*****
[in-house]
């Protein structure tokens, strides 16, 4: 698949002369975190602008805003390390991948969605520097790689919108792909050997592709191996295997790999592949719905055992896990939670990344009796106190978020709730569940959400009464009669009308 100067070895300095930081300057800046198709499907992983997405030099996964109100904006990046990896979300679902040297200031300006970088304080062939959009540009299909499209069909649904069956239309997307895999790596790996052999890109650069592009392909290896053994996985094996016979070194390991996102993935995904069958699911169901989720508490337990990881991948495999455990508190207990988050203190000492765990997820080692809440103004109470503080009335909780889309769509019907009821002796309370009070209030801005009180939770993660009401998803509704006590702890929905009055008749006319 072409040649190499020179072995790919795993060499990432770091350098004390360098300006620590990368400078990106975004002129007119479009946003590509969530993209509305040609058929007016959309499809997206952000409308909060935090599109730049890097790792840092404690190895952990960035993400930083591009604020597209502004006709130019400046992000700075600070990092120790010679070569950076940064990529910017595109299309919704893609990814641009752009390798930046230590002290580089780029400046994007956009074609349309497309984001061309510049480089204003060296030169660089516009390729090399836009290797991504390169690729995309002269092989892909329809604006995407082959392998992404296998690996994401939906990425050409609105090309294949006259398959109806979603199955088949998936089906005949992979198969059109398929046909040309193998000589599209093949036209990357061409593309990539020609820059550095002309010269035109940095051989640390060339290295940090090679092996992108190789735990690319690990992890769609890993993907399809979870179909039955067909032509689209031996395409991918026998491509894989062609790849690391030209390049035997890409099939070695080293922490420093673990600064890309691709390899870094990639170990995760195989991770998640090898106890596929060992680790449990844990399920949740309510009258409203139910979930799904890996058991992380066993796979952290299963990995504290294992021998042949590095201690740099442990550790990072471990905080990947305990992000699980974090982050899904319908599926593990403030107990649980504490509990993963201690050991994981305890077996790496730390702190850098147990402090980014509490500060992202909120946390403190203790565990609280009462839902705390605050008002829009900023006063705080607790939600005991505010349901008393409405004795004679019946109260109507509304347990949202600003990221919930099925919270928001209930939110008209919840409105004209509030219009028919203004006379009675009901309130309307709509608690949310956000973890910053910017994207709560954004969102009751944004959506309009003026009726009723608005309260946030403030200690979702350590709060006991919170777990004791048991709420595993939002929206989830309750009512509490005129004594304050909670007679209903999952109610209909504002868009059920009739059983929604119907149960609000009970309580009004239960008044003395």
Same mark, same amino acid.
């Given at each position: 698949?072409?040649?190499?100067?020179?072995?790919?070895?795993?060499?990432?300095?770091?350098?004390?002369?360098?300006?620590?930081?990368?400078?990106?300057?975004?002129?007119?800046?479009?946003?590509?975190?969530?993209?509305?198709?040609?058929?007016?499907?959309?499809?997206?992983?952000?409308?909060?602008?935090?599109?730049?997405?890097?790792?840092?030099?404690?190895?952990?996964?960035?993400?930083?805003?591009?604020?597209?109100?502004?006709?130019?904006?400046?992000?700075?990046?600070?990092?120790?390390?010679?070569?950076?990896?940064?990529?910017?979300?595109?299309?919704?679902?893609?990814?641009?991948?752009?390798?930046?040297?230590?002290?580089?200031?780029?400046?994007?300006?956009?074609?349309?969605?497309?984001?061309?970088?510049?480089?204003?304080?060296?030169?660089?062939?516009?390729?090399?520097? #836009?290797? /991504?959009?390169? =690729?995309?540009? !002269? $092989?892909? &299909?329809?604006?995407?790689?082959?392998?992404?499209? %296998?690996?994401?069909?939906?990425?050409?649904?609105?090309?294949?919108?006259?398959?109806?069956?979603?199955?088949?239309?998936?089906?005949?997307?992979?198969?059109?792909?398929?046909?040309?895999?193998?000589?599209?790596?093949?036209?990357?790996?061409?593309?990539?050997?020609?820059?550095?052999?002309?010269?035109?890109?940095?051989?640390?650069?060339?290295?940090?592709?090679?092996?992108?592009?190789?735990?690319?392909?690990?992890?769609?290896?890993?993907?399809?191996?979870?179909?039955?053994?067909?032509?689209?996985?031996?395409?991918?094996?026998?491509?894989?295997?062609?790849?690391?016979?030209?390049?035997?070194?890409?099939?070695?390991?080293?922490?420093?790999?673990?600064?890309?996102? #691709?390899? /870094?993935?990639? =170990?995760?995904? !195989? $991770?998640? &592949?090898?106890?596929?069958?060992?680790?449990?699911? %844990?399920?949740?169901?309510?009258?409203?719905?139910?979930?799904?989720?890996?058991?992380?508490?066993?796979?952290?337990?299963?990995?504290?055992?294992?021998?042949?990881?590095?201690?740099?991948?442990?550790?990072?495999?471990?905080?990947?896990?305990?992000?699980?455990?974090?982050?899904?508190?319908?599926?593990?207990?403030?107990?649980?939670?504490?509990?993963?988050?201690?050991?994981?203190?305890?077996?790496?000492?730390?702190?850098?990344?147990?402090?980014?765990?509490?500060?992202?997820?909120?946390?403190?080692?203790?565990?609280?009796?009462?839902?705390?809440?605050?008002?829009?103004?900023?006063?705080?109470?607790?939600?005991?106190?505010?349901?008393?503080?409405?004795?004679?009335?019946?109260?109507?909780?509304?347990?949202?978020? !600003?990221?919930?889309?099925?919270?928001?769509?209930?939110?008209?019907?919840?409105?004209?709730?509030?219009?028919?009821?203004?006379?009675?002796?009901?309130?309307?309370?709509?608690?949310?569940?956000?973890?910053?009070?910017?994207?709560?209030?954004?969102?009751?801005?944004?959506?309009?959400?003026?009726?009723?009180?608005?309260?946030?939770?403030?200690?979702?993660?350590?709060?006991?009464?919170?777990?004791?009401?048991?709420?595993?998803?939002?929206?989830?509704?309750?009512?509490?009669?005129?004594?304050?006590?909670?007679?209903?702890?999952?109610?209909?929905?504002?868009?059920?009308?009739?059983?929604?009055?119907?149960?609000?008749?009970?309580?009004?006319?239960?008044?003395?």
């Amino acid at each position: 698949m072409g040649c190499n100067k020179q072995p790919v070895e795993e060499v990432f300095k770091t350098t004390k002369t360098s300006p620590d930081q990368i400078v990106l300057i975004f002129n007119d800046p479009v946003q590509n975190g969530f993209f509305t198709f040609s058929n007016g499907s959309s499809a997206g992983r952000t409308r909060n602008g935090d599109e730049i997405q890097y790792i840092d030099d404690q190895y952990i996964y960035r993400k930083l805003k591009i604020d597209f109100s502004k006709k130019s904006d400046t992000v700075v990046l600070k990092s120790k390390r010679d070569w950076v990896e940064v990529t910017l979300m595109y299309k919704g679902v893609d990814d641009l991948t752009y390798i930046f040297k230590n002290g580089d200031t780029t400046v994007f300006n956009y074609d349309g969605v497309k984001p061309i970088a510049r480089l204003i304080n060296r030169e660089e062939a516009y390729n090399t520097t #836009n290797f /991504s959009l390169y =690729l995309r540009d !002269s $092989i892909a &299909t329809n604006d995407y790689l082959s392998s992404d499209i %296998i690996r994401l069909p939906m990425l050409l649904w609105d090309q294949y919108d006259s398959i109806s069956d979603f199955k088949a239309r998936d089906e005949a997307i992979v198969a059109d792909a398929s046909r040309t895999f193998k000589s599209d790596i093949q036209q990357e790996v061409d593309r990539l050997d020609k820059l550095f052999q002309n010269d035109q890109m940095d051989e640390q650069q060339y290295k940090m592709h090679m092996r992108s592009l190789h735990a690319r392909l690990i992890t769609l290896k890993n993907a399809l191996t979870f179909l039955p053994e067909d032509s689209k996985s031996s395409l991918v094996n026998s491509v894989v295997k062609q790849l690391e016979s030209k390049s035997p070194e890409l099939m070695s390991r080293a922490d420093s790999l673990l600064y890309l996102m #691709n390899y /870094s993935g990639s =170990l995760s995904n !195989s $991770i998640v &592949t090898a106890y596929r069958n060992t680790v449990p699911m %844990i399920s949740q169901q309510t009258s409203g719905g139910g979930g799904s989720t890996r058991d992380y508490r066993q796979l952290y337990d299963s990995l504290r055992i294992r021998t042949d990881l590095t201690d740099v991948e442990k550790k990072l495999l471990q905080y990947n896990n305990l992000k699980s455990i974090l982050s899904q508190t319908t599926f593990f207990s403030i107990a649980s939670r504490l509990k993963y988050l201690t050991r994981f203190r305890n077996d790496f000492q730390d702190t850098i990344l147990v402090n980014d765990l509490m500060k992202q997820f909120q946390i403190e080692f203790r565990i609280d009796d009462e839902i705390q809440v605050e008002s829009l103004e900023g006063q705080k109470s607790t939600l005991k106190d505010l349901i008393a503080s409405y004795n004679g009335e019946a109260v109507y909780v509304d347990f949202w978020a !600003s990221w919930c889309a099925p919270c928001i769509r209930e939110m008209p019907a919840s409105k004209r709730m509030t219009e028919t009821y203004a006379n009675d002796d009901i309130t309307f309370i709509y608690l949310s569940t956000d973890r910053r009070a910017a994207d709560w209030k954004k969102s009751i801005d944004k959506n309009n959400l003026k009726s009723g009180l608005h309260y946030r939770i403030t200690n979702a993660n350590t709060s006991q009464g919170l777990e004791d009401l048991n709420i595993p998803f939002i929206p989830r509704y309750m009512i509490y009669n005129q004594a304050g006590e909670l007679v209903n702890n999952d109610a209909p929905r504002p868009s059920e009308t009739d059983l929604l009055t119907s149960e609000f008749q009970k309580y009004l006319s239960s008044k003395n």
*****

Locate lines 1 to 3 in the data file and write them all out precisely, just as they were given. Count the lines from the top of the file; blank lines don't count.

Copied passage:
[in-house]
């Protein structure tokens, strides 16, 4: 698949002369975190602008805003390390991948969605520097790689919108792909050997592709191996295997790999592949719905055992896990939670990344009796106190978020709730569940959400009464009669009308 100067070895300095930081300057800046198709499907992983997405030099996964109100904006990046990896979300679902040297200031300006970088304080062939959009540009299909499209069909649904069956239309997307895999790596790996052999890109650069592009392909290896053994996985094996016979070194390991996102993935995904069958699911169901989720508490337990990881991948495999455990508190207990988050203190000492765990997820080692809440103004109470503080009335909780889309769509019907009821002796309370009070209030801005009180939770993660009401998803509704006590702890929905009055008749006319 072409040649190499020179072995790919795993060499990432770091350098004390360098300006620590990368400078990106975004002129007119479009946003590509969530993209509305040609058929007016959309499809997206952000409308909060935090599109730049890097790792840092404690190895952990960035993400930083591009604020597209502004006709130019400046992000700075600070990092120790010679070569950076940064990529910017595109299309919704893609990814641009752009390798930046230590002290580089780029400046994007956009074609349309497309984001061309510049480089204003060296030169660089516009390729090399836009290797991504390169690729995309002269092989892909329809604006995407082959392998992404296998690996994401939906990425050409609105090309294949006259398959109806979603199955088949998936089906005949992979198969059109398929046909040309193998000589599209093949036209990357061409593309990539020609820059550095002309010269035109940095051989640390060339290295940090090679092996992108190789735990690319690990992890769609890993993907399809979870179909039955067909032509689209031996395409991918026998491509894989062609790849690391030209390049035997890409099939070695080293922490420093673990600064890309691709390899870094990639170990995760195989991770998640090898106890596929060992680790449990844990399920949740309510009258409203139910979930799904890996058991992380066993796979952290299963990995504290294992021998042949590095201690740099442990550790990072471990905080990947305990992000699980974090982050899904319908599926593990403030107990649980504490509990993963201690050991994981305890077996790496730390702190850098147990402090980014509490500060992202909120946390403190203790565990609280009462839902705390605050008002829009900023006063705080607790939600005991505010349901008393409405004795004679019946109260109507509304347990949202600003990221919930099925919270928001209930939110008209919840409105004209509030219009028919203004006379009675009901309130309307709509608690949310956000973890910053910017994207709560954004969102009751944004959506309009003026009726009723608005309260946030403030200690979702350590709060006991919170777990004791048991709420595993939002929206989830309750009512509490005129004594304050909670007679209903999952109610209909504002868009059920009739059983929604119907149960609000009970309580009004239960008044003395």
Same mark, same amino acid.